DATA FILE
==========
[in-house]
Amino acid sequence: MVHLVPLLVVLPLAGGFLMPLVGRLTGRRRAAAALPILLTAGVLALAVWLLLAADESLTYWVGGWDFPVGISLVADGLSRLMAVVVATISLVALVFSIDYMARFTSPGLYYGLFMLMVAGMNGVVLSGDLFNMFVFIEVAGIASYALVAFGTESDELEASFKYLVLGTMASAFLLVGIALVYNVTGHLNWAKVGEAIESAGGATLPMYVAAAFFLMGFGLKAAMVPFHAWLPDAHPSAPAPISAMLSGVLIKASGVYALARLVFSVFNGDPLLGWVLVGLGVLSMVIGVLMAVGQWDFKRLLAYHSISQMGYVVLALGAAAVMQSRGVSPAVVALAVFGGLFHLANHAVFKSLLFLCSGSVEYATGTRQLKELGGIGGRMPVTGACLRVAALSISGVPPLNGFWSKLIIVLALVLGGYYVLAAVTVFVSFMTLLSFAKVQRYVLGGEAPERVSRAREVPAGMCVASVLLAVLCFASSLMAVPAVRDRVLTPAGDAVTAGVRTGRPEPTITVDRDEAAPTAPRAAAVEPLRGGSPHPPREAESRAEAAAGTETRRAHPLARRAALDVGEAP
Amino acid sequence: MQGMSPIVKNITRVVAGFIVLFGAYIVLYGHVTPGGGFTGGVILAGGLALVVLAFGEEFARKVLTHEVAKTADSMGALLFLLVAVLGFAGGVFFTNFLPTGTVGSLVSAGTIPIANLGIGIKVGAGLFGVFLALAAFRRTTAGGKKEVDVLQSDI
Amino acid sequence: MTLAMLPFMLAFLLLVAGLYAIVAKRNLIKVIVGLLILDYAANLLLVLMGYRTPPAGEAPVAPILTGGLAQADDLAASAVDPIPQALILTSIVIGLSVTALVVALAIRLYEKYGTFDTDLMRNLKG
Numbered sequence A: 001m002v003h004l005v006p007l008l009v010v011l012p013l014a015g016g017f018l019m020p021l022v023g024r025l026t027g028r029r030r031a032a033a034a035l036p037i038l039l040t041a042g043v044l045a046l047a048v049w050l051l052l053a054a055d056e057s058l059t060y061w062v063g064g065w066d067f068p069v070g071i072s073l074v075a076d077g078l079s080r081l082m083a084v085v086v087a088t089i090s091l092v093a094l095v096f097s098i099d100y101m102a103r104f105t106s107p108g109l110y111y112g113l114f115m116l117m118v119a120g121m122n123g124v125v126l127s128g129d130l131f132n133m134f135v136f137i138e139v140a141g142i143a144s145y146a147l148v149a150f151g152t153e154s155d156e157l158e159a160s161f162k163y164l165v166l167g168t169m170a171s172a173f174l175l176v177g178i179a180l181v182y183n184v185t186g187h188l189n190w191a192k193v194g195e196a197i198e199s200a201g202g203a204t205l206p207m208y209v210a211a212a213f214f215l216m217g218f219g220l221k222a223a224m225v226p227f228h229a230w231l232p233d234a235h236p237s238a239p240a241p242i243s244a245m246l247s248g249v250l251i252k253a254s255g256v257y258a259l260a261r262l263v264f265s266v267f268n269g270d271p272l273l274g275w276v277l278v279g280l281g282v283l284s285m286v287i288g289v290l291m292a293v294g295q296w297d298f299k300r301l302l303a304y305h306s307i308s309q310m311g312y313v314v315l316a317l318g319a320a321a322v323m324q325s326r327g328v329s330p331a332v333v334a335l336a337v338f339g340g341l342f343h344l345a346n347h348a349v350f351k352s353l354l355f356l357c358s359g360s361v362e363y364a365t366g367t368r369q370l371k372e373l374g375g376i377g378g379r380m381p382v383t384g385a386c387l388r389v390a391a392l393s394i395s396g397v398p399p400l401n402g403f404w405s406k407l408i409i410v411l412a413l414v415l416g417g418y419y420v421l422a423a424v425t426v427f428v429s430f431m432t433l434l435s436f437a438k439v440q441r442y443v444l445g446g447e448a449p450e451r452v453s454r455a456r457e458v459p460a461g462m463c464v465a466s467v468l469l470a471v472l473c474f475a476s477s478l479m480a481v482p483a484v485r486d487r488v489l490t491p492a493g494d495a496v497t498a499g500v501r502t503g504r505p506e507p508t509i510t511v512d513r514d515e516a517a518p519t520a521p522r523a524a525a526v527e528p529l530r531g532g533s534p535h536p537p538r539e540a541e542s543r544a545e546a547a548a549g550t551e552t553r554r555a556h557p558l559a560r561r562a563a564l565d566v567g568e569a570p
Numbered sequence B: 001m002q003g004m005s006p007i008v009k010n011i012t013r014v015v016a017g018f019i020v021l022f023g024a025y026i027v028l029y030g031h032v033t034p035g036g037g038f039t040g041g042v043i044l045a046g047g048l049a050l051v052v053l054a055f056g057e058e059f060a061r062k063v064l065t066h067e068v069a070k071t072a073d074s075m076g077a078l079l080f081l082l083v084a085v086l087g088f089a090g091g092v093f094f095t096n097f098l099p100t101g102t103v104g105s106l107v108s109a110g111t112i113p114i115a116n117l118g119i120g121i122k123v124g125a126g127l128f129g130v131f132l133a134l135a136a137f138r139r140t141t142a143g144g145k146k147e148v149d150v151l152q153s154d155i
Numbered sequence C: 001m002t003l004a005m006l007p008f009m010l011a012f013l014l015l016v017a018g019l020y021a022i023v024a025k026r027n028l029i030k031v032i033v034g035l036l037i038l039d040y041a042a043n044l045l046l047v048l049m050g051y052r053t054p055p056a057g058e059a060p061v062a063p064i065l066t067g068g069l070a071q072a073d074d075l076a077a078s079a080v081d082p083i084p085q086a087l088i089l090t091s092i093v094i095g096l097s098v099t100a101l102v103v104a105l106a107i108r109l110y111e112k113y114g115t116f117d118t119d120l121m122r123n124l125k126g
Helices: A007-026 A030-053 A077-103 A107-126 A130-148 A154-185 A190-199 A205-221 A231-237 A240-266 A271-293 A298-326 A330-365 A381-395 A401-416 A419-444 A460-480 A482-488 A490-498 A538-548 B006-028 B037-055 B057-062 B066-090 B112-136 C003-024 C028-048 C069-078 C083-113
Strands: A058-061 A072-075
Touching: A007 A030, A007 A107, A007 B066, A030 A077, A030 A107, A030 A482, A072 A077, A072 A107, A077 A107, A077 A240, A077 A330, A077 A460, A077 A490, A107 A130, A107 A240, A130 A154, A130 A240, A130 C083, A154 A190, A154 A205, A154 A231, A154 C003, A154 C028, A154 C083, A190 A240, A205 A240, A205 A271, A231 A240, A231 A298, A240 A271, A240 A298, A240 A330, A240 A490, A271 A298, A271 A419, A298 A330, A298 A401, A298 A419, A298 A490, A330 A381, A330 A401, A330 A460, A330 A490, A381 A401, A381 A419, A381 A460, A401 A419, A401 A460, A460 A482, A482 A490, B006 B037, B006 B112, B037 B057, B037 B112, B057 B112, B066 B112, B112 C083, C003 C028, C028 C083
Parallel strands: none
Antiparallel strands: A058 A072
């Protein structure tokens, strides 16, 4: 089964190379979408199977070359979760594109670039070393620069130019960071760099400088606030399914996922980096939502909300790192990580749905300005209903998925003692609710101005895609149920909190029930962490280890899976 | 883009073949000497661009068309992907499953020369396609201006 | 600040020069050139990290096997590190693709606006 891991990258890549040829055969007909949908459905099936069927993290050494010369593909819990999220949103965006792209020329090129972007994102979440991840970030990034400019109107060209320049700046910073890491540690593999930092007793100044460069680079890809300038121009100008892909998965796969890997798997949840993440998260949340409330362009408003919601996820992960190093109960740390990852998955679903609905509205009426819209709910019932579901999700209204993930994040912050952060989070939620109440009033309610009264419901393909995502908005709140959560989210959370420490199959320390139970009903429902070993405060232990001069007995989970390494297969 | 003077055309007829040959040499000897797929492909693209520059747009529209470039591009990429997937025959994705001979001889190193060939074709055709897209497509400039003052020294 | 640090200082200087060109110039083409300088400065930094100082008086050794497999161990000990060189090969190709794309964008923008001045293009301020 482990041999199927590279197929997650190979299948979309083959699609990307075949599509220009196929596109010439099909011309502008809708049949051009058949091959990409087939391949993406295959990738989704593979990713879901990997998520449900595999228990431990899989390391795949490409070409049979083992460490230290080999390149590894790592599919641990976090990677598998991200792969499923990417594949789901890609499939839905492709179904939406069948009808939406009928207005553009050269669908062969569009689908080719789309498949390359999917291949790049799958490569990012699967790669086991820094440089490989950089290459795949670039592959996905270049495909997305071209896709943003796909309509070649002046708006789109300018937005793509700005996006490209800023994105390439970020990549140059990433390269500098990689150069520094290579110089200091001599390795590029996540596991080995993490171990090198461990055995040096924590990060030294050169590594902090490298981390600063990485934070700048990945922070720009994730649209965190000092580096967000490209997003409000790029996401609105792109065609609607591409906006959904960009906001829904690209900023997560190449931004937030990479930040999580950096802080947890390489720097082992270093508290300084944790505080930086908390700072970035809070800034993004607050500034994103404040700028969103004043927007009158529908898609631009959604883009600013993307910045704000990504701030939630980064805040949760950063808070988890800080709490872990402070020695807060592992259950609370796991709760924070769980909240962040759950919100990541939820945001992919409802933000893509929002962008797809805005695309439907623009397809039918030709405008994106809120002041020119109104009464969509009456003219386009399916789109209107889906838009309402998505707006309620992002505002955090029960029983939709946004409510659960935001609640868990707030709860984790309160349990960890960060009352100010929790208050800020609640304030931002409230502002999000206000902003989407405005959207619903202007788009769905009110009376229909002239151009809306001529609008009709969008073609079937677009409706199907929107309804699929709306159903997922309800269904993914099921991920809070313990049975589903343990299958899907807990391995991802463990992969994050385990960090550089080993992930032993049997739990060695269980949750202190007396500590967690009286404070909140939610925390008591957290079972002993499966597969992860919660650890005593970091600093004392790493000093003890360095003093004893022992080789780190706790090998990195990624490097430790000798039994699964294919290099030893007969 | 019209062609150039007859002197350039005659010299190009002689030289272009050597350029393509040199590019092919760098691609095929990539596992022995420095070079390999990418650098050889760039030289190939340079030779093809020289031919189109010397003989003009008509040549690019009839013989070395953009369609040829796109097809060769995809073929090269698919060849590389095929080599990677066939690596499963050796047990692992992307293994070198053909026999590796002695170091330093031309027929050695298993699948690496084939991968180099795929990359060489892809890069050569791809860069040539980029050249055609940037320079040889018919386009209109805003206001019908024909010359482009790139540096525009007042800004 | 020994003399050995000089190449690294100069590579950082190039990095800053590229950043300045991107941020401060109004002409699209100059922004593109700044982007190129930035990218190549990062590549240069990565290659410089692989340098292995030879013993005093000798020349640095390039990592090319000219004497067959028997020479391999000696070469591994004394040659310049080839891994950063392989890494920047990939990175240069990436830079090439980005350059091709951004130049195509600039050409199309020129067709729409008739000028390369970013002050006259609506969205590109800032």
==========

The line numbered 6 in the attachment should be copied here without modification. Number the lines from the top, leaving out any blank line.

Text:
Numbered sequence B: 001m002q003g004m005s006p007i008v009k010n011i012t013r014v015v016a017g018f019i020v021l022f023g024a025y026i027v028l029y030g031h032v033t034p035g036g037g038f039t040g041g042v043i044l045a046g047g048l049a050l051v052v053l054a055f056g057e058e059f060a061r062k063v064l065t066h067e068v069a070k071t072a073d074s075m076g077a078l079l080f081l082l083v084a085v086l087g088f089a090g091g092v093f094f095t096n097f098l099p100t101g102t103v104g105s106l107v108s109a110g111t112i113p114i115a116n117l118g119i120g121i122k123v124g125a126g127l128f129g130v131f132l133a134l135a136a137f138r139r140t141t142a143g144g145k146k147e148v149d150v151l152q153s154d155i